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Sunday, December 22, 2013

Three great Sauvignon regions that we have forgotten



      When we talk about Loire Center white wine, most of people can directly remind of two appellations: Sancerre and Pouilly-Fume, however there are also three small appellations closed to Sancerre and Pouilly-Fume, where we can find very interesting Sauvignon as good as Sancerre’s. Today we will show you the mystery of Menetou-Salon, Quincy and Reuilly.




Menetou-Salon

      There are only 465 hectares in this appellation, including 348 hectares of Sauvignon and 187 hectares of Pinot noire. All the grapes are planted on the slope of hills between 220m and 280m altitude. Most of the wine is sold in France, only 12% of production was exported to UK, Holland, Belgium, Germany and USA. The terroir is based on chalky and limestone soil that is very similar to Sancerre’s. Generally speaking, compared with Sancerre’s Sauvignon, Menetou-Salon’s sauvignon has smaller structure but the same freshness. We usually find out mint, fresh grass, diverse citrus food, and especially lovely white flowers which are much more intense.





Quincy




      Quincy is one of the smallest appellations in Loire Valley, 270 hectares’ area is planted by only one grape variety: Sauvignon Blanc. It is the oldest AOC in center Loire after the destroy of phylloxera. The climate here is drier and hotter than Menetou-Salon and Sancerre. The soil is completely different, all the vines are seated on the Terrace of Cher which is consisted of sand and gravel. This kind of soil is able to heat quickly under the sunshine. That’s why the aromas and flavors in their wine are plumper, richer, fruitier but not as fresh as Sancerre’s.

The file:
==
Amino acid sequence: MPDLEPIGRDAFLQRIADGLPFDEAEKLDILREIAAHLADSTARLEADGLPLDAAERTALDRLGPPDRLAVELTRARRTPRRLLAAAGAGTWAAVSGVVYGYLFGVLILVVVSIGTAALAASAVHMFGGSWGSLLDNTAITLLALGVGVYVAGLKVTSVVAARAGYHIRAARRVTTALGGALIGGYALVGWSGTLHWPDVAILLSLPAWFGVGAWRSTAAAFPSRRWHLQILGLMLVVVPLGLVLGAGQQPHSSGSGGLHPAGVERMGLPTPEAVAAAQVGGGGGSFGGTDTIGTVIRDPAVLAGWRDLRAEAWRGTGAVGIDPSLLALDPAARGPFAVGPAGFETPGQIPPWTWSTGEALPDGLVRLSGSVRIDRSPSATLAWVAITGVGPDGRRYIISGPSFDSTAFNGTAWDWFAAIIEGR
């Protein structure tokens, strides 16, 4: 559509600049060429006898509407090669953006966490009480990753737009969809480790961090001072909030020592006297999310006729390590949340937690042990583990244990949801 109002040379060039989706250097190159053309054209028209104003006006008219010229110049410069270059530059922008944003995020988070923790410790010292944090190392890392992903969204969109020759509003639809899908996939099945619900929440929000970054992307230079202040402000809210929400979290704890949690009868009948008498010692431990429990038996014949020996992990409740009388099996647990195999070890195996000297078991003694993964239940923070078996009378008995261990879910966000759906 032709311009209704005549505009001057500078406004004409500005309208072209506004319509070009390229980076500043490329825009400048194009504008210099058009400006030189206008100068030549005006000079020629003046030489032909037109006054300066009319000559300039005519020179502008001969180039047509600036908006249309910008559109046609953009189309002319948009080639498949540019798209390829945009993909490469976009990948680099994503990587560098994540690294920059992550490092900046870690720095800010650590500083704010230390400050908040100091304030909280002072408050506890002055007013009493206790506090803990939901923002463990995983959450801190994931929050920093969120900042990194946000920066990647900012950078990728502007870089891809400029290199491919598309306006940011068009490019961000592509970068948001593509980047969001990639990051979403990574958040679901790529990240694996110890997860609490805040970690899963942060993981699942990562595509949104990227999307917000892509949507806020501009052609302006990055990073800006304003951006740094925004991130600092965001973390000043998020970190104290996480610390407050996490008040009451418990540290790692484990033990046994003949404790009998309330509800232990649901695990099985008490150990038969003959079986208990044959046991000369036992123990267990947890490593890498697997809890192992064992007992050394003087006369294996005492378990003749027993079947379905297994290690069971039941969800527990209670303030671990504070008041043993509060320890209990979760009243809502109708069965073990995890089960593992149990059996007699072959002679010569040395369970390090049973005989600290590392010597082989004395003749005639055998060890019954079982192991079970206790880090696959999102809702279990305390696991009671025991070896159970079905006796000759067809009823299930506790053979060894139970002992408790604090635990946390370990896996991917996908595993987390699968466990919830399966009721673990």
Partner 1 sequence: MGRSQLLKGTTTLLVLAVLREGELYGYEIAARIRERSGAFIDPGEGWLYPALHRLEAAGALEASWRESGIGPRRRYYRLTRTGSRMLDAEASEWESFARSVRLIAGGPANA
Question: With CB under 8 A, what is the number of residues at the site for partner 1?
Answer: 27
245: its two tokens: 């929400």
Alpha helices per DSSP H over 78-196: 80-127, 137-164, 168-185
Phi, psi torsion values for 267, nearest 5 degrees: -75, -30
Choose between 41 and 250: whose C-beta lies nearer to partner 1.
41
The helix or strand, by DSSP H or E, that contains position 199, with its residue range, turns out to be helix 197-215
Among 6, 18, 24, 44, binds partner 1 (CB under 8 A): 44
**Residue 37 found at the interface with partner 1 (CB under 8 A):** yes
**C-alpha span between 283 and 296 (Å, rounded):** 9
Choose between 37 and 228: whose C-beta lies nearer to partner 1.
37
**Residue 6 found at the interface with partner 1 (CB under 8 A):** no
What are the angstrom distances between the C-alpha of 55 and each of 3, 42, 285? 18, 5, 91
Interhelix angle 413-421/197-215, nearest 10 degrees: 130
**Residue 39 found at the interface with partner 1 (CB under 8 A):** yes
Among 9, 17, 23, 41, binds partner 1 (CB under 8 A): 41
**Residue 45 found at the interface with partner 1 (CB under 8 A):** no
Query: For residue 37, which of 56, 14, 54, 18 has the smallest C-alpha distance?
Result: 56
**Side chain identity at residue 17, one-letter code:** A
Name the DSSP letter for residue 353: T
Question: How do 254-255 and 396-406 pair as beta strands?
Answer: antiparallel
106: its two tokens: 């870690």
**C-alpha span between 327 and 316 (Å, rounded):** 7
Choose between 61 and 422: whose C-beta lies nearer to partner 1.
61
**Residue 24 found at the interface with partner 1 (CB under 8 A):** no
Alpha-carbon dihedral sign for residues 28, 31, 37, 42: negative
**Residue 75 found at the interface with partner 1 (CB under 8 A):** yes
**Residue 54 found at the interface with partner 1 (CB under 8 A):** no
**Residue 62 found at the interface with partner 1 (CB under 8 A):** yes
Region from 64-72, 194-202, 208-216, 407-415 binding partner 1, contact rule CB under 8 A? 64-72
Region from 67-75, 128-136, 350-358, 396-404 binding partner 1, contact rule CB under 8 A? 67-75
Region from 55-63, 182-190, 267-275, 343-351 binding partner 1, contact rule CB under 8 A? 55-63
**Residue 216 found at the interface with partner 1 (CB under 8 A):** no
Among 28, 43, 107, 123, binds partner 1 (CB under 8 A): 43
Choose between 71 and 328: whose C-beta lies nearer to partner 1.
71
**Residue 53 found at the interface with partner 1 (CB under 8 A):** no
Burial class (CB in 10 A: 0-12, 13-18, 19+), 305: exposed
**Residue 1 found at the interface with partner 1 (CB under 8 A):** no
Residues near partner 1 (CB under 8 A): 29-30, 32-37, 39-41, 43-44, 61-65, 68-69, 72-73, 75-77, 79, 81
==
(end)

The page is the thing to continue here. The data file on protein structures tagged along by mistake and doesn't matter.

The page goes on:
Reuilly


    Reuilly is a very small appellation with 215 hectares, including 109 hectares of Sauvignon, 63 hectares of Pinot Noir and 43 hectares of Pinot Gris. The vineyard extends along the side of Arnon River. Thanks to the drier and 
Oyster terra ce (kimmeridgian)
warmer growing season, also the large diurnal viaration between day and night, the grapes are able to reach full ripeness and to keep lovely freshness. The soil in the hillside is based on marl like Burgundy, however, the soil of oyster terrace is just like Quincy’s, which is consisted of sand and gravel. Sauvignon in this region is lighter and softer, the aromas are straight and delicate compared with Sancerre’s Sauvignon. 



      If you only taste Sauvignon of Sancerre and Pouilly fume, you will never fully understand this magical, abundant, and diverse grape variety.Therefore, we suggest you to taste Sauvignon from other regions like Marlborough in New Zealand, Adelaide Hills in Australia, Casablanca in Chlie, Washington state in California, etc.